Sorry for the positive biopsy but at G6 it is the earliest stage measured so the prognosis for cure is very good. I hope I'm not overstepping and I mean the following comments with all due respect to what ultimately must be your husband's decision. I fully understand the emotion involved with the mentality that says, "get it out". Quite frankly that was my wife's inclination until we fully educated ourselves on my disease. Getting it out may ultimately be the right decision for your husband but I would sincerely urge the two of you to get yourselves fully educated on this disease before making a final decision -- one that can truly be life changing. Specifically, I would urge the following:
1. Make sure the biopsy samples have been re-read by a pathologist who is an expert in PCa, e.g. Epstein or Bostwick. Assessing prostate cancer pathology involves considerable art as well as science and you deserve to have the best information that is available.
2. While you are getting a second biopsy opinion, you should consider having the slides examined by a lab that uses advanced prognostication techniques (e.g. Prostyvision at Bostwick) to assess the cancer aggressiveness and long term prognosis.
3. Read, read and read about the cancer. There are two excellent books that I can recommend to you. One is, "Guide to Surviving Prostate Cancer" by noted surgeon Patrick Walsh. The other is, "Invasion of the Prostate Snatchers" by noted prostate oncologist Mark Scholz. Reading these two books will give you a broad perspective.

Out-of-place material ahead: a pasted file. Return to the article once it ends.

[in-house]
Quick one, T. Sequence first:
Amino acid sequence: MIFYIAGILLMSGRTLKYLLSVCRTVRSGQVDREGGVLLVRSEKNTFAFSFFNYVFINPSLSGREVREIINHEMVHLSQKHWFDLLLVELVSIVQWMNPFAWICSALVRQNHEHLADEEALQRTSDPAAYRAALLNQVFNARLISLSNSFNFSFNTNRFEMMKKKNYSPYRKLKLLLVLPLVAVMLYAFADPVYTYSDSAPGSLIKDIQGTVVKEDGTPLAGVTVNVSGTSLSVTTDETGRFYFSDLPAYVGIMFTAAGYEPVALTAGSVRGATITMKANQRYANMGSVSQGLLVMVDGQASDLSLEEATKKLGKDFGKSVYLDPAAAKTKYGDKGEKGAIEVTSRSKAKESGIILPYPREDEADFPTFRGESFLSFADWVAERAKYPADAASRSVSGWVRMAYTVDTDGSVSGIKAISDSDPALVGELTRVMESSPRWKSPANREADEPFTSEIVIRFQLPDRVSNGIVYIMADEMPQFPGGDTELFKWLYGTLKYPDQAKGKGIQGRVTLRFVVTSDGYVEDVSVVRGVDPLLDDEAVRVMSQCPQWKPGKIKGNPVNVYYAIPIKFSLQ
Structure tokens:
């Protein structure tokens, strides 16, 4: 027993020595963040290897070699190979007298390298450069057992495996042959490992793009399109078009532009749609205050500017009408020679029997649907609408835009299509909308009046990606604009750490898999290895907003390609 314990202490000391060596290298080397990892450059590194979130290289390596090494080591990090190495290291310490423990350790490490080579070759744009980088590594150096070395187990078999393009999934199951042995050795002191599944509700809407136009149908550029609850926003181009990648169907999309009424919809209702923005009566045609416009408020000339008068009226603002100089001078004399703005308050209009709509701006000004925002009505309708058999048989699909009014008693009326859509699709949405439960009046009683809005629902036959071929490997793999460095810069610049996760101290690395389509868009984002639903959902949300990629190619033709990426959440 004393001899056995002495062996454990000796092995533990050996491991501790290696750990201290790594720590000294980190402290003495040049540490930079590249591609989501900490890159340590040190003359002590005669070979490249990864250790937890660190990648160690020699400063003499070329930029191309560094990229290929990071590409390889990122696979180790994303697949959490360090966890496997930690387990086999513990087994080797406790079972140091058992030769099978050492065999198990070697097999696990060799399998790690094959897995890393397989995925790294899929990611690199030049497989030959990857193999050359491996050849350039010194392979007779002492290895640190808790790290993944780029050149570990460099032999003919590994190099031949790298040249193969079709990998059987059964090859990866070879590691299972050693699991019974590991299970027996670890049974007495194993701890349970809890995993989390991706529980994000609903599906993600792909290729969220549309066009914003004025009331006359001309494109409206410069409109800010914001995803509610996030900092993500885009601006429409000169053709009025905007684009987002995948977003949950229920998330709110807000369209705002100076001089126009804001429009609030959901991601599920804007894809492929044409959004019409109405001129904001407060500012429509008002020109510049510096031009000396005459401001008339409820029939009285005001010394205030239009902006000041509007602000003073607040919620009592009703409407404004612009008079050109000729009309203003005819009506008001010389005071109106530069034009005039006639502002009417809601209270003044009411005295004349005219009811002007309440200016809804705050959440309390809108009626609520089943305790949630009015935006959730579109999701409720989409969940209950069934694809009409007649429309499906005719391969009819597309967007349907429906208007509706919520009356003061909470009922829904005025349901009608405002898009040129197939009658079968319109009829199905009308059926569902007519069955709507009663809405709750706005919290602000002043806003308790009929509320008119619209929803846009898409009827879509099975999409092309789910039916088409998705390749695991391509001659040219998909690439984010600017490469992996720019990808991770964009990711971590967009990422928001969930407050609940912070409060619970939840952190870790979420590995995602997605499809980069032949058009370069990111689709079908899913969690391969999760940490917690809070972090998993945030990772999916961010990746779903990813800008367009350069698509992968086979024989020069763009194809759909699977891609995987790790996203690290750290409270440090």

4. While it seems you are clearly leaning towards surgery, you and your husband owe it to yourselves to examine other curative alternatives. Based on his listed stats, he would seem to be a good candidate for brachytherapy. You seem to be within a reasonable distance of one of the most highly respected brachytherapy centers, the Chicago Prostate Institute. Brachytherapy is as equally curative as surgery but the side effects are generally considerably less onerous. At least you should examine this alternative before making a final decision.
5. It seems from your posting that you are taking a significant (lead?) role in this decision. That's great. My wife was a great partner in helping me assess the possibilities and sharing in the decision. But, at the end of the day, I hope you remember that it's your husband's body and he is the one who will benefit or suffer from the decision. So, very respectfully, I urge you to make sure he is fully involved in the decision. I'm sure the last thing you want is him to say that you talked him into something, especially if it doesn't go as well as hoped.
In any case I wish you two the best in your decision making. I sincerely hope you will try to separate the emotional reactions from the logical ones and focus on making an educated decision.
Best of luck,
Age 62 (66 now), G 3 + 4 = 7, T1C, PSA 4.2, 2/16 cancerous, 27cc. Brachytherapy 12/9/08. 73 Iodine-125 seeds. Procedure went great, only minor discomfort. Everything continues to function normally as of 11/2/12. PSA: 6 mo: 1.4, 1 yr: 1.0, 2 yr: .8, 3 yr: .5, 4 yr: .2. My docs are "delighted"! My journey: